Wilfrid Laurier University’s School of Business & Economics has announced 2 new part-time professional programs at its downtown Toronto MBA campus in a move that it says is a “game changer for the industry.” The first program is a part-time, alternate weekend Master of Finance (MFin) degree, while the second is a double-degree option that combines the MFin degree with an MBA. The programs are designed to be flexible enough to accommodate the schedules of busy professionals wishing to advance their careers. They offer an immersive, case-based curriculum organized around the Laurier Integrated Core. Students will be provided with breakfasts and hot lunches on Saturdays, and all textbooks, case materials, and Graduate Student Association Fees are included in the total tuition cost. The MFin program has been accepted into the CFA Institute Recognition Program, described by Businessweek as “the gold standard of the investment management field.” WLU News Release

Scholars offer plan to make Canada run completely on renewable energy

More than 70 scientists, engineers, and economists have released a 56-page policy document in which they argue that Canada can move entirely to renewable energy by 2035. The document notes that 77% of Canadian energy is already produced without burning fossil fuels, meaning that a complete shift to clean forms of energy is well within reach. The document proposes improvements to Canada’s east-west electrical grid that would allow hydroelectric power sources in Quebec, Labrador, British Columbia, and northern Manitoba to more efficiently provide energy to the rest of the country; it also recommends introducing a carbon tax or a cap-and-trade system and calls for a stop to subsidies to the fossil fuel industry. In related news, the Sustainability and Education Policy Network (SEPN), a network of researchers in the area of sustainability and education policy based at the University of Saskatchewan, have launched a national survey to determine how sustainability is being addressed in formal education across Canada. Globe and Mail | Victoria Times-Colonist | SEPN Survey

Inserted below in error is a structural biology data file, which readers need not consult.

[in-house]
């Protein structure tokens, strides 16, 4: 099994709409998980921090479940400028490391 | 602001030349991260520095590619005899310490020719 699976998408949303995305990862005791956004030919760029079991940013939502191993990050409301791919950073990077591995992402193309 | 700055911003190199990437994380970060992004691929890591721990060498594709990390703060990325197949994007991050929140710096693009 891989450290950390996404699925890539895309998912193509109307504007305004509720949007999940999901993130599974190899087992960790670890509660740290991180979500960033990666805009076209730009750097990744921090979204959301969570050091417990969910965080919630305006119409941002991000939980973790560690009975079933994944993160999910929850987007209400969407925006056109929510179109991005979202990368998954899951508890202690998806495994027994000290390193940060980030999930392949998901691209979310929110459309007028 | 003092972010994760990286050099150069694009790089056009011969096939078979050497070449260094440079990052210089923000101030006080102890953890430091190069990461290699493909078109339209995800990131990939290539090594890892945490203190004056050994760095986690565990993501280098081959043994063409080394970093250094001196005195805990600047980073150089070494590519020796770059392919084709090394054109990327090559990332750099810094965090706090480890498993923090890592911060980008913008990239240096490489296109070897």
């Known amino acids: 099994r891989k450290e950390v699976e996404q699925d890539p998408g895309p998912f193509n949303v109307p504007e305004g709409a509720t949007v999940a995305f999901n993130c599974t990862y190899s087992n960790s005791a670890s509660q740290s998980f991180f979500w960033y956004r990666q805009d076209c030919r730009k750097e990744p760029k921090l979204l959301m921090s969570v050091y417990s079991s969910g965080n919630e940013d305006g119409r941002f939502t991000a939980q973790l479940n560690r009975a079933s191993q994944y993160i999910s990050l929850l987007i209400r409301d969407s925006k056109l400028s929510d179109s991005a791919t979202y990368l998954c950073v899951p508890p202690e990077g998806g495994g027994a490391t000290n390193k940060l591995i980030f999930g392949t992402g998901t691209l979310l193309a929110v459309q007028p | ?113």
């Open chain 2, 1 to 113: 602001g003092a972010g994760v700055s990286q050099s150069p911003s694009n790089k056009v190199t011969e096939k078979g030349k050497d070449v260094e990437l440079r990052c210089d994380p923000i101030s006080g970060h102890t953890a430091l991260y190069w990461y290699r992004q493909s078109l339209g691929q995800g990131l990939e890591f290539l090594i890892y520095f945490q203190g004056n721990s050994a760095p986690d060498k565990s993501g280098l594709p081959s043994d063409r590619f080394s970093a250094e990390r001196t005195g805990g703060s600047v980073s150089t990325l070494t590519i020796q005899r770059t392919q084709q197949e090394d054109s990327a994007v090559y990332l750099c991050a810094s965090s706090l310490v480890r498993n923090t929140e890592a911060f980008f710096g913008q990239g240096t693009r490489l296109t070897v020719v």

Inside the development of eCampusAlberta’s quality rubric for online courses

The WICHE Cooperative for Education Technologies (WCET) has published a blog post detailing the ongoing development of eCampusAlberta’s quality rubric for online courses. eCampusAlberta Executive Director Tricia Donovan says that in 2012, eCampusAlberta reviewed its original quality suite of materials, which consisted of the organization’s Essential Quality Standards, Quality eRubric, Curricula Assessment Scorecard, and Course Review and Report Process. They evaluated the existing suite against more than 40 online course quality standards, and reviewed the literature around existing quality standards, existing quality assurance principles, and online learning processes. While they determined that the eCampusAlberta suite was consistent with other established quality standards, they did identify a number of areas that would benefit from enhancement. A year after implementing the revised suite, eCampusAlberta conducted another evaluation process and then adapted their course review approach further to make it more open and constructive. They also plan to share the results of an evaluation survey this spring. The blog post provides links to eCampusAlberta’s Quality Suite of materials. WCET Blog